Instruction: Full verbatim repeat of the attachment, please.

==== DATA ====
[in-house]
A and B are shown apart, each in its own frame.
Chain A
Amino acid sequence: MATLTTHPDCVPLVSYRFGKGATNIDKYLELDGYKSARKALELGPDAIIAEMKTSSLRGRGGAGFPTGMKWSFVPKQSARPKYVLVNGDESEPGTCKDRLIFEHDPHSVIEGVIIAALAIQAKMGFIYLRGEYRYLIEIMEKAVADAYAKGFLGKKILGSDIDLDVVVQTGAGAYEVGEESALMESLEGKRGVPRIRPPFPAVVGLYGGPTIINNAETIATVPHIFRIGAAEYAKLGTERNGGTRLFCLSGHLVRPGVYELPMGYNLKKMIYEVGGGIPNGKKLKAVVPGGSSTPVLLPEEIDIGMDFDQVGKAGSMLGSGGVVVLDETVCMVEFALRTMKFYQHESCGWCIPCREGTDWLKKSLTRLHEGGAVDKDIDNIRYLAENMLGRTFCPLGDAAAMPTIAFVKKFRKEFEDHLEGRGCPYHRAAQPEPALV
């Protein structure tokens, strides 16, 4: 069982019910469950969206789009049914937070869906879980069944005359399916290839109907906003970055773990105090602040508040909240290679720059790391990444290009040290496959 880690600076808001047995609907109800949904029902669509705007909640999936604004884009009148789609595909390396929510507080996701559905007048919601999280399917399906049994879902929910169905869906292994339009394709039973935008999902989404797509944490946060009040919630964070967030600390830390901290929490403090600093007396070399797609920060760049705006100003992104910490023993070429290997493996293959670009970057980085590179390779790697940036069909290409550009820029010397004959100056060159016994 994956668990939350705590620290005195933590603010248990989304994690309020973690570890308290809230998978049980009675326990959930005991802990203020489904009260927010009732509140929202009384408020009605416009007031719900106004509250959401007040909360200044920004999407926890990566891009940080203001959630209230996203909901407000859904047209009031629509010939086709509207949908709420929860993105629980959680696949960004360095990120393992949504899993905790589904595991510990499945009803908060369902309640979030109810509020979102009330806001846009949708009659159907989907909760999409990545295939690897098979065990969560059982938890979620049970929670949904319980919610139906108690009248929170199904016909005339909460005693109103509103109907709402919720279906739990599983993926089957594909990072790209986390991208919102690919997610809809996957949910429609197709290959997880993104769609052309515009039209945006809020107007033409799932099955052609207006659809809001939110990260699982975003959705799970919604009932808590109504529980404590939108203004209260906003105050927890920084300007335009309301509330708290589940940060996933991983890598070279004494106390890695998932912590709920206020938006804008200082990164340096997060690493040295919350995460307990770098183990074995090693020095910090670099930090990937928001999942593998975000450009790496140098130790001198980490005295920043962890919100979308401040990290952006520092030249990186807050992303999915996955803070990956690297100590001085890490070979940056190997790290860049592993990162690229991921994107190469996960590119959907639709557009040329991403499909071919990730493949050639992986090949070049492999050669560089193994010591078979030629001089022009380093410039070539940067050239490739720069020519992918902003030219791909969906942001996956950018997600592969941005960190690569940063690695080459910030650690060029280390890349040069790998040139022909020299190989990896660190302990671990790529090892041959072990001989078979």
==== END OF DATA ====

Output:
[in-house]
A and B are shown apart, each in its own frame.
Chain A
Amino acid sequence: MATLTTHPDCVPLVSYRFGKGATNIDKYLELDGYKSARKALELGPDAIIAEMKTSSLRGRGGAGFPTGMKWSFVPKQSARPKYVLVNGDESEPGTCKDRLIFEHDPHSVIEGVIIAALAIQAKMGFIYLRGEYRYLIEIMEKAVADAYAKGFLGKKILGSDIDLDVVVQTGAGAYEVGEESALMESLEGKRGVPRIRPPFPAVVGLYGGPTIINNAETIATVPHIFRIGAAEYAKLGTERNGGTRLFCLSGHLVRPGVYELPMGYNLKKMIYEVGGGIPNGKKLKAVVPGGSSTPVLLPEEIDIGMDFDQVGKAGSMLGSGGVVVLDETVCMVEFALRTMKFYQHESCGWCIPCREGTDWLKKSLTRLHEGGAVDKDIDNIRYLAENMLGRTFCPLGDAAAMPTIAFVKKFRKEFEDHLEGRGCPYHRAAQPEPALV
């Protein structure tokens, strides 16, 4: 069982019910469950969206789009049914937070869906879980069944005359399916290839109907906003970055773990105090602040508040909240290679720059790391990444290009040290496959 880690600076808001047995609907109800949904029902669509705007909640999936604004884009009148789609595909390396929510507080996701559905007048919601999280399917399906049994879902929910169905869906292994339009394709039973935008999902989404797509944490946060009040919630964070967030600390830390901290929490403090600093007396070399797609920060760049705006100003992104910490023993070429290997493996293959670009970057980085590179390779790697940036069909290409550009820029010397004959100056060159016994 994956668990939350705590620290005195933590603010248990989304994690309020973690570890308290809230998978049980009675326990959930005991802990203020489904009260927010009732509140929202009384408020009605416009007031719900106004509250959401007040909360200044920004999407926890990566891009940080203001959630209230996203909901407000859904047209009031629509010939086709509207949908709420929860993105629980959680696949960004360095990120393992949504899993905790589904595991510990499945009803908060369902309640979030109810509020979102009330806001846009949708009659159907989907909760999409990545295939690897098979065990969560059982938890979620049970929670949904319980919610139906108690009248929170199904016909005339909460005693109103509103109907709402919720279906739990599983993926089957594909990072790209986390991208919102690919997610809809996957949910429609197709290959997880993104769609052309515009039209945006809020107007033409799932099955052609207006659809809001939110990260699982975003959705799970919604009932808590109504529980404590939108203004209260906003105050927890920084300007335009309301509330708290589940940060996933991983890598070279004494106390890695998932912590709920206020938006804008200082990164340096997060690493040295919350995460307990770098183990074995090693020095910090670099930090990937928001999942593998975000450009790496140098130790001198980490005295920043962890919100979308401040990290952006520092030249990186807050992303999915996955803070990956690297100590001085890490070979940056190997790290860049592993990162690229991921994107190469996960590119959907639709557009040329991403499909071919990730493949050639992986090949070049492999050669560089193994010591078979030629001089022009380093410039070539940067050239490739720069020519992918902003030219791909969906942001996956950018997600592969941005960190690569940063690695080459910030650690060029280390890349040069790998040139022909020299190989990896660190302990671990790529090892041959072990001989078979």